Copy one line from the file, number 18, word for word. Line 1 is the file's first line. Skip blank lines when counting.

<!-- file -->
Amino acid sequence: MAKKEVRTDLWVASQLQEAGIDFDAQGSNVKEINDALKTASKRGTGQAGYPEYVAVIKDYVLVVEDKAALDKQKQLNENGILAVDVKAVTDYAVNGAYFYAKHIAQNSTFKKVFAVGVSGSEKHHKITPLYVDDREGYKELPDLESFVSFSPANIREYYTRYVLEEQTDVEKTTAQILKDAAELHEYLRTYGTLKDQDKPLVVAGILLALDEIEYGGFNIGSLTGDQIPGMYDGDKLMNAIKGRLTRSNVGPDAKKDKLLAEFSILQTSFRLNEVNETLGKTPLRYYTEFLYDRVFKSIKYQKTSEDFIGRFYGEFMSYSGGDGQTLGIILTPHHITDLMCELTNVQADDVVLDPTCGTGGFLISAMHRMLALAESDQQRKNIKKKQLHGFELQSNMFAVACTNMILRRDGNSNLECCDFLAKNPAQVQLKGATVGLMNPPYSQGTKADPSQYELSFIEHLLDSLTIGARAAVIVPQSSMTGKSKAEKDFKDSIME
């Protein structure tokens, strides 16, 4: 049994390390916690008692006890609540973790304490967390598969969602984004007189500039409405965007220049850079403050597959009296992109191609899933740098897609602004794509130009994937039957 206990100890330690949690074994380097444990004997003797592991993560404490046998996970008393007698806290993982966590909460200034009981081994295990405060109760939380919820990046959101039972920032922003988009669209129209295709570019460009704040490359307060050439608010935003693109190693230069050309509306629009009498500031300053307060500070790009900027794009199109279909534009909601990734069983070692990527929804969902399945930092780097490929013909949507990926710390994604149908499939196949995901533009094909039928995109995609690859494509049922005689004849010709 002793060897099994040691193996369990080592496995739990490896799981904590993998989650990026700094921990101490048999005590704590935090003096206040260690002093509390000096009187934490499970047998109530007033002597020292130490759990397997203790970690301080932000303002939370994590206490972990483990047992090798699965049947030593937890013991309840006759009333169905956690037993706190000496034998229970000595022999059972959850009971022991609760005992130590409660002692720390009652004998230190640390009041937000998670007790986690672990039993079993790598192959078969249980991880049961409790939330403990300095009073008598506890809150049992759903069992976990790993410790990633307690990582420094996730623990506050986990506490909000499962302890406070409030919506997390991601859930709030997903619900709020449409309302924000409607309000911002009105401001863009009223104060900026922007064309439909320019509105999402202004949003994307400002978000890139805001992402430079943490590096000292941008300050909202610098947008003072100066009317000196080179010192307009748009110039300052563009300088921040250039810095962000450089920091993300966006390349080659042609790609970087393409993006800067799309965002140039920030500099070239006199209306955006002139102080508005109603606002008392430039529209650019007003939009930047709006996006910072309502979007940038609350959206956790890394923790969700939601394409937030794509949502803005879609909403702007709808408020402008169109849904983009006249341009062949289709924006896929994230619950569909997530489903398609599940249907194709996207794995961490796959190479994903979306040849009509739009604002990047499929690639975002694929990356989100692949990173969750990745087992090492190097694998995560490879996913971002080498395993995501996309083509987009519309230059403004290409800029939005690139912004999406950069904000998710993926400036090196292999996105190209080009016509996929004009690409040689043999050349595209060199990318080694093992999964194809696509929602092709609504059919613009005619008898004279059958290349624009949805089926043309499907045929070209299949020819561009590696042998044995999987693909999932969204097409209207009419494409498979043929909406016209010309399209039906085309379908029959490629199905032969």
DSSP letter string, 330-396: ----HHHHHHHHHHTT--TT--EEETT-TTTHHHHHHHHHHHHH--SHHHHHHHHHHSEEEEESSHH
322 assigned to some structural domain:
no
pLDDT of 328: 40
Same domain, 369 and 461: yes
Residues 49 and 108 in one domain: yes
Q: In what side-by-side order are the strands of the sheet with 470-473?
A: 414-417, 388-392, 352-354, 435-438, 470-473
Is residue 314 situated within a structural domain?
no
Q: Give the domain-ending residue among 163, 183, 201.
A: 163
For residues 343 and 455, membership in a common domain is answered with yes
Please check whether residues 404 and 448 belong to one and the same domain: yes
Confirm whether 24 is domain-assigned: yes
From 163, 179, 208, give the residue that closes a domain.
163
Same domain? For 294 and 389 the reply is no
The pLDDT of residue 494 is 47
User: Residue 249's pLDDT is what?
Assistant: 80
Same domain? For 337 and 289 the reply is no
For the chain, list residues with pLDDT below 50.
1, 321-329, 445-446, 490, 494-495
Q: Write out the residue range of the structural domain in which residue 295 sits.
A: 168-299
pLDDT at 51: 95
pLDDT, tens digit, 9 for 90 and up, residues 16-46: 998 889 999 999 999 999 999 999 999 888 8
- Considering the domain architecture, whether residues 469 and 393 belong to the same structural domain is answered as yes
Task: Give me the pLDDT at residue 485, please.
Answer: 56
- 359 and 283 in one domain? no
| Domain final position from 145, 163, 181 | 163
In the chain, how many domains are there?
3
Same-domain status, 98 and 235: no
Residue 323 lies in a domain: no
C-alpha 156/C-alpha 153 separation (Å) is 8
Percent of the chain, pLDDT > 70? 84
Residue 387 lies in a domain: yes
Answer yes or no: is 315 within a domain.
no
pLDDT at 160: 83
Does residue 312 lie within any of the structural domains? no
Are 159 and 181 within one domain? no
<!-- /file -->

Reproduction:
From 163, 179, 208, give the residue that closes a domain.